Jonathan Rick: Abortion
If one of his employees disagrees, that is between employee and employer, and if necessary, a court, to determine if a contract was breached. If outsiders disagree, we can disseminate local lists of where not to shop, and are perfectly free to shop elsewhere ourselves. The answer is not legislation, forcing our morals on others, but patronage, noncoercively using our principles to induce change.
Postscript (4/29/05): See this debate between David Boaz, Executive Vice President of the Cato Institute, and Judy Waxman, Vice President and Director of Health and Reproductive Rights at the National Women's Law Center.
comments powered by Disqus
Lorraine Paul - 10/22/2005
'...no one should tell a businessman how to conduct his practice.'
It seems to boil down to the fact that - is the chemist a pharmacist or a businessman. I am not aware whether there is a Code of Conduct for pharmacists, but one would assume that this would be so.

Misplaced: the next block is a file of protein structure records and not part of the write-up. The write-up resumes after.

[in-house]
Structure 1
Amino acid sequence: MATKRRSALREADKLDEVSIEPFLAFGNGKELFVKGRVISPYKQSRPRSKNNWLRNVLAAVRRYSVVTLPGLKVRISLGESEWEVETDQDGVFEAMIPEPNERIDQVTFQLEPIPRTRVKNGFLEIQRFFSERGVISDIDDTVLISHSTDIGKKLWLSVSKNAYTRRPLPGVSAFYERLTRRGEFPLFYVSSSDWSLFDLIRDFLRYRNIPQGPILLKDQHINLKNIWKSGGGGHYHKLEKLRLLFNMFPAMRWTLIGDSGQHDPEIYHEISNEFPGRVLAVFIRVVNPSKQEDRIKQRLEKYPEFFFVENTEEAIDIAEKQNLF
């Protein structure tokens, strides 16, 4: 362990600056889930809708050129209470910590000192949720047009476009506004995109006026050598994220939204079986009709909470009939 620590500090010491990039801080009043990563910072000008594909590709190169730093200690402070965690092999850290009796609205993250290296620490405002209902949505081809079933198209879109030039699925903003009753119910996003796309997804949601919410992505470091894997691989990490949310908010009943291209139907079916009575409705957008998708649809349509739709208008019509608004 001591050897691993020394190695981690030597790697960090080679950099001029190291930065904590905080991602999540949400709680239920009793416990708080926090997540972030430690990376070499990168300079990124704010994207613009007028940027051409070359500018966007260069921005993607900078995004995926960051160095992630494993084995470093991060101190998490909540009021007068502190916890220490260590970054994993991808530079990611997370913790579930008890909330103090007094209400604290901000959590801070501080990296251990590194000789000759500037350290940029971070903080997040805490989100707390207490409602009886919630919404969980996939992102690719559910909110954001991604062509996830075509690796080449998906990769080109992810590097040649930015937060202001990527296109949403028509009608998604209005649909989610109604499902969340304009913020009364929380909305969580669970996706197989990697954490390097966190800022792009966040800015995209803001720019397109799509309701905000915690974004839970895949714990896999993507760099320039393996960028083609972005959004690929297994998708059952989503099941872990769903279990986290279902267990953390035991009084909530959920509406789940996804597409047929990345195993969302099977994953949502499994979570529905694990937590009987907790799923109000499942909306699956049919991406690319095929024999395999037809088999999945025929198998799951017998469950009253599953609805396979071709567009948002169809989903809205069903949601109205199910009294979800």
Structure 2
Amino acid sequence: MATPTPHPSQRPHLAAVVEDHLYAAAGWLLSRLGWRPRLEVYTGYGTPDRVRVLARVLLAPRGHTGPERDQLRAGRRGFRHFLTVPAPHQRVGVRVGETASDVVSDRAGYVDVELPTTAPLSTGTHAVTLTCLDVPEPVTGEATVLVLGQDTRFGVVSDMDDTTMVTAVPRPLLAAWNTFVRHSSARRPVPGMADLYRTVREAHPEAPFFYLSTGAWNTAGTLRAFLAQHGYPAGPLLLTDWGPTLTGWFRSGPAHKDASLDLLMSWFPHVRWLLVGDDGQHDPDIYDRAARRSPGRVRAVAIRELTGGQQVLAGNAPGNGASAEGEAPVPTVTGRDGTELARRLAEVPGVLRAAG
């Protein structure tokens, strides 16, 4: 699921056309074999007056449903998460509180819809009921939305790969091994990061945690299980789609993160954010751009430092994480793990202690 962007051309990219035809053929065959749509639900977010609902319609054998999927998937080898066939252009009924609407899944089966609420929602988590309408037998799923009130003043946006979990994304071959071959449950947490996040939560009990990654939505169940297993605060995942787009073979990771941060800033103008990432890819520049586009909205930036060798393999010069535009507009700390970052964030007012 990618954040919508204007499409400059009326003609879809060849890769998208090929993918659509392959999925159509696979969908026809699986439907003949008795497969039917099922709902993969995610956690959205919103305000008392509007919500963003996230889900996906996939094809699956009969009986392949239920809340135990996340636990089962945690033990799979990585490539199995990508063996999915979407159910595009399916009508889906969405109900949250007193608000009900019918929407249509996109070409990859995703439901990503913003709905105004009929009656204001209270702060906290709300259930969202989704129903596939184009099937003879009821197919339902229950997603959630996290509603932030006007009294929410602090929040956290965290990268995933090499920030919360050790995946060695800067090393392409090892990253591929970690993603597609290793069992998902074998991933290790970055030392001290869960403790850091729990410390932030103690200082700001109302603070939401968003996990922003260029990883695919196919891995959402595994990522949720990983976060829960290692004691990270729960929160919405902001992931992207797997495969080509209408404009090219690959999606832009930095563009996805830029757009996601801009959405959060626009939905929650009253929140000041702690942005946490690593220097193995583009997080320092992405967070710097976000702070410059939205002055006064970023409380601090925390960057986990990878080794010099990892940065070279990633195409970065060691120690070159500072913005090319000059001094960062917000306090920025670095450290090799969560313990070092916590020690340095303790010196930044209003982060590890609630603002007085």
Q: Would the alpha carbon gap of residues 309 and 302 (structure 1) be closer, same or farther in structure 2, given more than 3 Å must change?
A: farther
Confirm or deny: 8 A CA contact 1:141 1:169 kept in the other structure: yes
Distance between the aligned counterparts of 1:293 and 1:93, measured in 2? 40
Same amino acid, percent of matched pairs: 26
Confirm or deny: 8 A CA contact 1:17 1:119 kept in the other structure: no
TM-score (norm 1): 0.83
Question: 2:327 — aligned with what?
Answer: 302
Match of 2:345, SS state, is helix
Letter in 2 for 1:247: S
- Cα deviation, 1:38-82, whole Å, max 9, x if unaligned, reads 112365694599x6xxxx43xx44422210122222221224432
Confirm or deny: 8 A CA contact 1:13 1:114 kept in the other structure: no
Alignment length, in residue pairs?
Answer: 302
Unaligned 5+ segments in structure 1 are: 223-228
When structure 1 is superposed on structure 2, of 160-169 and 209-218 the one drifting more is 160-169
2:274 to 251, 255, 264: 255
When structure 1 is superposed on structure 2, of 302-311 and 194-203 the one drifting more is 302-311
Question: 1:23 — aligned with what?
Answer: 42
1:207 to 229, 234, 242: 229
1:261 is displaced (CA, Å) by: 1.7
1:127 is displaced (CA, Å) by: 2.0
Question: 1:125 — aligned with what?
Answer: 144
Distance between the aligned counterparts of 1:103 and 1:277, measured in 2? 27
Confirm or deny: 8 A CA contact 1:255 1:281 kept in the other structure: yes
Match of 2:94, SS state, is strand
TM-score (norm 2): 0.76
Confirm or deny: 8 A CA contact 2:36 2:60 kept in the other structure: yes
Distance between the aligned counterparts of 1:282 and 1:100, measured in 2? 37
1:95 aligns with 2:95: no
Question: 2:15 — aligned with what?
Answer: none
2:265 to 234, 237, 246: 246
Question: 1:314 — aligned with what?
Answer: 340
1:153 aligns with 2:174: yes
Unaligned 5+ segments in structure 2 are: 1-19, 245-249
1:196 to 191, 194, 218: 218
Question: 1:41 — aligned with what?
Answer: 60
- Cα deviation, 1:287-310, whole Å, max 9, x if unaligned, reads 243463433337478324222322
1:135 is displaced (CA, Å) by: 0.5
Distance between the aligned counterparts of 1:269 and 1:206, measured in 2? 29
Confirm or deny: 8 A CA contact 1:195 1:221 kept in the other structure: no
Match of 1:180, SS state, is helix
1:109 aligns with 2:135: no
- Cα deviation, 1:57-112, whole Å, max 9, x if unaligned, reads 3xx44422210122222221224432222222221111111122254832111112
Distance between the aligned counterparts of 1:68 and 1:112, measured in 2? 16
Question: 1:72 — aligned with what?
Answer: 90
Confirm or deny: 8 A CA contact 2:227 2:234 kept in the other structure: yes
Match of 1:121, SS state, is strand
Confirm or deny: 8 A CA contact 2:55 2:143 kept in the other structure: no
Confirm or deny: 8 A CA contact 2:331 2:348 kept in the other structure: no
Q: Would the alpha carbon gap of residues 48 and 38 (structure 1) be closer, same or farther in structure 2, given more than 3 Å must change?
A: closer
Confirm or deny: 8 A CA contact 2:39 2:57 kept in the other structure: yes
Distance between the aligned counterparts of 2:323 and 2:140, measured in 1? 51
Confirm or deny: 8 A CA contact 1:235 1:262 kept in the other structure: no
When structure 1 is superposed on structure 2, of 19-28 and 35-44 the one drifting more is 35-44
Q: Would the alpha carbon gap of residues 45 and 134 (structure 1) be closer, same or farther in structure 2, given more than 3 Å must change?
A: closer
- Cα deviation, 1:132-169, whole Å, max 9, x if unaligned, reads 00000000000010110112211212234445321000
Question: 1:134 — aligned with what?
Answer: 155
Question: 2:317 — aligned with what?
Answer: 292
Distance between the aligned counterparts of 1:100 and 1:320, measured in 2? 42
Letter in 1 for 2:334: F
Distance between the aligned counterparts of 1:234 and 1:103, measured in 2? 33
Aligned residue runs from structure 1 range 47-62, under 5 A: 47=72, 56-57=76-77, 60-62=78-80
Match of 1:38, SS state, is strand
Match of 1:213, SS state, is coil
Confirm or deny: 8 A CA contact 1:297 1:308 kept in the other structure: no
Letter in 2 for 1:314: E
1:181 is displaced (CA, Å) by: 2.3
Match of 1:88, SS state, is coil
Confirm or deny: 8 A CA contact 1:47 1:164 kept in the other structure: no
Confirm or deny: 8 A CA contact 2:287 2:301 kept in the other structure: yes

It would seem to me that justifying the actions of these pharmicists by arguing for non-interference in business practices is not a 'healthy' way to debate this issue.
- Did a historian who said he’s a victim of McCarthyism get the story wrong?
- Stephanie Coontz’s work on the history of marriage cited by the Supreme Court.
- How Does It Feel To Have One’s Work as a Historian Cited by the Supreme Court? Cool. Very Cool. Thank You Very Much.
- NYT History Book Reviews: Who Got Noticed this Week?
- David Hackett Fischer wins $100,000 prize for lifetime achievement in military writing